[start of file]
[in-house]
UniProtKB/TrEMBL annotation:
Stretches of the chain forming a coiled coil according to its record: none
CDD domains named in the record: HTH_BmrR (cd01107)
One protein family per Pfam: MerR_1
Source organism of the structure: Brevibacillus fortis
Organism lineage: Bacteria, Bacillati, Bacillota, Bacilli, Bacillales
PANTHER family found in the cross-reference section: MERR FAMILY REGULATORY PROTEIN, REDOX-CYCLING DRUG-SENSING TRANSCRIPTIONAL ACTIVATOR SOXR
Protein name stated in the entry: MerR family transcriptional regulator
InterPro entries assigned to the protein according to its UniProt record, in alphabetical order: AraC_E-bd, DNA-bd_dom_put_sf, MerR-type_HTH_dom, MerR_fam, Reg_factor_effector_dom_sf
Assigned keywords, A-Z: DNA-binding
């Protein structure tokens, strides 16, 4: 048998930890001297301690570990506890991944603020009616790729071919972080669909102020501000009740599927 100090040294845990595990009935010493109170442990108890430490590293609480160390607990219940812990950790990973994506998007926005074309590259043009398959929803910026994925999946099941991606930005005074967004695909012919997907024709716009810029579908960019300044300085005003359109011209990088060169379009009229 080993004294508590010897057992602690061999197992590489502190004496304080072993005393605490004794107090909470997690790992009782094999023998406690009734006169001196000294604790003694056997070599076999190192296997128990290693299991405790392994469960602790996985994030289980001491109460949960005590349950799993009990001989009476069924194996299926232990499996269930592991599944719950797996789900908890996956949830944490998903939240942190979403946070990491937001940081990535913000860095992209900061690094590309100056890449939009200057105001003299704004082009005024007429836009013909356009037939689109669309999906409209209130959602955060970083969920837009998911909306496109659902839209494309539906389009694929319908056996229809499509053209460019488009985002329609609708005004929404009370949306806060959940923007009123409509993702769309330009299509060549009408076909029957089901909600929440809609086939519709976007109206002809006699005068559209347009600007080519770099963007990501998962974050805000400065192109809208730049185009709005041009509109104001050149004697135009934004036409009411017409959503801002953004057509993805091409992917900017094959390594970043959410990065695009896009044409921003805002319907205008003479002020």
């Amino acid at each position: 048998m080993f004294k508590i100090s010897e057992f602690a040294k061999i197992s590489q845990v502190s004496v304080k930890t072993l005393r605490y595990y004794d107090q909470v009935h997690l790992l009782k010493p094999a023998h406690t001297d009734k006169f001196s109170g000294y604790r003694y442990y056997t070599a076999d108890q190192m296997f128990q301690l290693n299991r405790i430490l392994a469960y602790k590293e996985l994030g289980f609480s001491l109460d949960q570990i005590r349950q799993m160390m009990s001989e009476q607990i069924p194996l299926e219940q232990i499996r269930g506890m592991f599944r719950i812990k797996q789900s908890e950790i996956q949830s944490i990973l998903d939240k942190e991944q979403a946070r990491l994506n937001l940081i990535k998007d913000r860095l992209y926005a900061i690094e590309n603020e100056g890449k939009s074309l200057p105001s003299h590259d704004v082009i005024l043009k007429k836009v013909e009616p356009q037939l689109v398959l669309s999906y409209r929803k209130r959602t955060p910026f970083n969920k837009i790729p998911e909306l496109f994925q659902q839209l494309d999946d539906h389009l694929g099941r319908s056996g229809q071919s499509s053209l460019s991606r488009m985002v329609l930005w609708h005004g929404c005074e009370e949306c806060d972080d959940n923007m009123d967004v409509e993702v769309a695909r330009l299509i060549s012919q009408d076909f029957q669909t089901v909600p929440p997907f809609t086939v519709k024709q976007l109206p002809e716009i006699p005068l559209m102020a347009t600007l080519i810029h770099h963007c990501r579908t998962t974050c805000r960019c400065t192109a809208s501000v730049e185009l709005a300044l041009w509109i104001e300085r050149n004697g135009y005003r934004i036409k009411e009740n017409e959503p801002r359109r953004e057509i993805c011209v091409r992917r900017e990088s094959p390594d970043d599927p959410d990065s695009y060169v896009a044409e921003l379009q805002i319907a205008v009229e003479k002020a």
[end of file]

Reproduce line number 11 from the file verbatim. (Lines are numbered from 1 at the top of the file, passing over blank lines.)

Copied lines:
Assigned keywords, A-Z: DNA-binding